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European food agency issues preliminary review of GM maize rat study

04 October 2012
by greenpeace -- last modified 04 October 2012

French study raises questions on lack of long-term testing under EU rules


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The European Food Safety Authority (EFSA) today delivered a preliminary review of a new two-year French study which aimed to research  potential long-term health impacts of a genetically modified (GM) maize, Monsanto's NK603, and the herbicide it is engineered to tolerate, Roundup.

Since its publication, the debate surrounding the French study has brought into sharp focus the fact that no suitable, universally agreed protocols to conduct such long term tests so far exist.  This raises fundamental questions on why testing of long-term effects of GM crops is not required under current EU rules, said Greenpeace.

All GM crops currently consumed by humans and animals in the EU have been approved on the basis of testing by the biotech industry lasting between 28 and 90 days. This is not sufficient to identify problems which might emerge during the lifetimes of humans and animals consuming these crops or across generations.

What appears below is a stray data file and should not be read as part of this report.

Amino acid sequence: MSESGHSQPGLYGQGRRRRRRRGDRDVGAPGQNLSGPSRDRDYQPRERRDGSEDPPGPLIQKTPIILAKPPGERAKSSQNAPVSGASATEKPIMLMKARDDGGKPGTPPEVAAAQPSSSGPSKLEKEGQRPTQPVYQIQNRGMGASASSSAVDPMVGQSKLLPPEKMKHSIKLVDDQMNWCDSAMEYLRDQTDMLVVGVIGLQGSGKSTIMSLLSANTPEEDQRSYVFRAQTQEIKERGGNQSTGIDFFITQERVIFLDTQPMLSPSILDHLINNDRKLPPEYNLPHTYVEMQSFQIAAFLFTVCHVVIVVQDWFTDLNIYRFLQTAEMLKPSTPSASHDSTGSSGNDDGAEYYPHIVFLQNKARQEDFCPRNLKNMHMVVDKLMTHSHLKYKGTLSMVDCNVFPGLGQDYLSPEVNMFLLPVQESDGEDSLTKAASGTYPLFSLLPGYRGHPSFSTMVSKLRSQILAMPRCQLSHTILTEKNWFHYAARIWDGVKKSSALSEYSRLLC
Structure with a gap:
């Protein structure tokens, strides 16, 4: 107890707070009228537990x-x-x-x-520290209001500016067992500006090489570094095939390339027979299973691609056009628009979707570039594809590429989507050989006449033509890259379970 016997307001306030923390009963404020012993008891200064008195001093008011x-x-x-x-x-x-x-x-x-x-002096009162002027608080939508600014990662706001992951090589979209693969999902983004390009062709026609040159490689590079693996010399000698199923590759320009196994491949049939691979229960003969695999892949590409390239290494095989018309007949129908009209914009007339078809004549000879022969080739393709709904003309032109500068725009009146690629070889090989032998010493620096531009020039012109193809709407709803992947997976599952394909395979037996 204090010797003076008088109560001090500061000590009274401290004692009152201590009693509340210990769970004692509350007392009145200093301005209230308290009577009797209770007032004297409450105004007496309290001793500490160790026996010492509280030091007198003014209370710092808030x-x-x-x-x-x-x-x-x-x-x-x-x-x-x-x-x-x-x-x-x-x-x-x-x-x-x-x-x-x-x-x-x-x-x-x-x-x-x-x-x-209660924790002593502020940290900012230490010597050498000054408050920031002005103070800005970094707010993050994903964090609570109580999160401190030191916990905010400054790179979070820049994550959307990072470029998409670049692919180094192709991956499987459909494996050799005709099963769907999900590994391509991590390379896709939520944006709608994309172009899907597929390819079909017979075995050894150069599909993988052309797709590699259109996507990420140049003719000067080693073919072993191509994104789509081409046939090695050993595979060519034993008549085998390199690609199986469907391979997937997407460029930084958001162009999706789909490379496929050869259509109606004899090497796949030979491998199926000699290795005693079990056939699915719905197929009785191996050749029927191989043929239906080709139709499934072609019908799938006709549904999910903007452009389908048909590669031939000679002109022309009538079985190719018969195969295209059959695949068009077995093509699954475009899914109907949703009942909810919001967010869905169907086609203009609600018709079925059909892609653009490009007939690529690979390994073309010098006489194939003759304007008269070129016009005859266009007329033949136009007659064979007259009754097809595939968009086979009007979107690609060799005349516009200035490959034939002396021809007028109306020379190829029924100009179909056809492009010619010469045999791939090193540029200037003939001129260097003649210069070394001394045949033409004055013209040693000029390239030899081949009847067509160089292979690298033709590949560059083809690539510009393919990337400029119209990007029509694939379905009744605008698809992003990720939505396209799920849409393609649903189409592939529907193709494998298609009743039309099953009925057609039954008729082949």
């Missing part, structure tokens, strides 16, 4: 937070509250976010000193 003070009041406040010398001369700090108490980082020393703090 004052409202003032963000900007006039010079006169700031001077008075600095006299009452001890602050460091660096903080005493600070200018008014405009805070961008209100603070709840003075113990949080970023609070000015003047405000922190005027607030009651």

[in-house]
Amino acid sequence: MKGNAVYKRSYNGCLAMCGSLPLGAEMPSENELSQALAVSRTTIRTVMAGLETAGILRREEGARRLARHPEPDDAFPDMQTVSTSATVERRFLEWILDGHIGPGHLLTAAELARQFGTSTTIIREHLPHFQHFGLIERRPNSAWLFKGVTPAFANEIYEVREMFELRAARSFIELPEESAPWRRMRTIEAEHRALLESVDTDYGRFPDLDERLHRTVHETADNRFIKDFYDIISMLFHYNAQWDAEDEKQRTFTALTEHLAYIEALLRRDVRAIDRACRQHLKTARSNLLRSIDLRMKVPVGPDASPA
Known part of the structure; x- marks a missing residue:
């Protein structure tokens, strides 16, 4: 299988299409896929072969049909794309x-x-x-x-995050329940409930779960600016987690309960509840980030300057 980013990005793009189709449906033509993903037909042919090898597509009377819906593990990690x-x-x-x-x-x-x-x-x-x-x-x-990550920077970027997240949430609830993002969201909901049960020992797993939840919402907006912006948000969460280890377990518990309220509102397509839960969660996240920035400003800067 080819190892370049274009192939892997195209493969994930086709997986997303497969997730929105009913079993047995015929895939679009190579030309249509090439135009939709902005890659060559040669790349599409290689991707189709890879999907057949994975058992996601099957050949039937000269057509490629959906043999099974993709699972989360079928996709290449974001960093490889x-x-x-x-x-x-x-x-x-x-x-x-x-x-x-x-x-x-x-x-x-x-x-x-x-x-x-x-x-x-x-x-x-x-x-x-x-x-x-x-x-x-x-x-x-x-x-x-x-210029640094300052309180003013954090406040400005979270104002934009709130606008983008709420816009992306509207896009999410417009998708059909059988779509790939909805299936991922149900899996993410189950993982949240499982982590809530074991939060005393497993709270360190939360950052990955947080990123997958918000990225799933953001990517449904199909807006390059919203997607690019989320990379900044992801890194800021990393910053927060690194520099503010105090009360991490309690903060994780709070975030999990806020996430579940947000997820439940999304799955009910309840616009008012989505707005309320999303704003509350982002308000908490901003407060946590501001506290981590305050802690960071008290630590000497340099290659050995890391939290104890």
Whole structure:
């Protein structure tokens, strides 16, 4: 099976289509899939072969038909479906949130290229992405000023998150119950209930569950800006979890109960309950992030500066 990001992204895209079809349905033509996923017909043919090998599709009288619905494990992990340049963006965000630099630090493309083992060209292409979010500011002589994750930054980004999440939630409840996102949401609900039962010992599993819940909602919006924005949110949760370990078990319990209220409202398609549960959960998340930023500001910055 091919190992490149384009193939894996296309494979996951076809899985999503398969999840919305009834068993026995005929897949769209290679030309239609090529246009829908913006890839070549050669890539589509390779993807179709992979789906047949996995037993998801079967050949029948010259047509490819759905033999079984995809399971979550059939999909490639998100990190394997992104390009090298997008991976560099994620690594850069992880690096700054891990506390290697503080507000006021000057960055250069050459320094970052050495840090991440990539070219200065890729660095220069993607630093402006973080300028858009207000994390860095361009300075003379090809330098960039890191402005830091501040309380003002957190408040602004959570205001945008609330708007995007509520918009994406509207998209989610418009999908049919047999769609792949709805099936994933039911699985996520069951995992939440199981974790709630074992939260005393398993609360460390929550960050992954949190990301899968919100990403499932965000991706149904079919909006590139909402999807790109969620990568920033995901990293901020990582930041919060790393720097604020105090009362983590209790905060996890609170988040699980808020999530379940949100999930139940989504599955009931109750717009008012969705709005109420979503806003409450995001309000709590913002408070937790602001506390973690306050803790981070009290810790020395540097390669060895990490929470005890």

Greenpeace EU agriculture policy director Marco Contiero said: "There is an unacceptable gap in current EU safety testing which largely ignores potential long-term health and environmental impacts of GM crops. This is yet another reason to immediately freeze approvals of new GM crops. The EU needs to redesign safety testing so that it routinely assesses impacts over the long term."

"EFSA recognises that appropriate methodology is crucial for serious scientific research, but omits to mention the fact that no agreed methods currently exist to carry out comprehensive testing of long-term exposure to GM food. This is why suitable methodologies must be developed and the French study should be replicated according to these agreed methods," Contiero added.

Greenpeace is an independent global campaigning organisation that acts to change attitudes and behaviour, to protect and conserve the environment and to promote peace. Greenpeace does not accept donations from governments, the EU, businesses or political parties.

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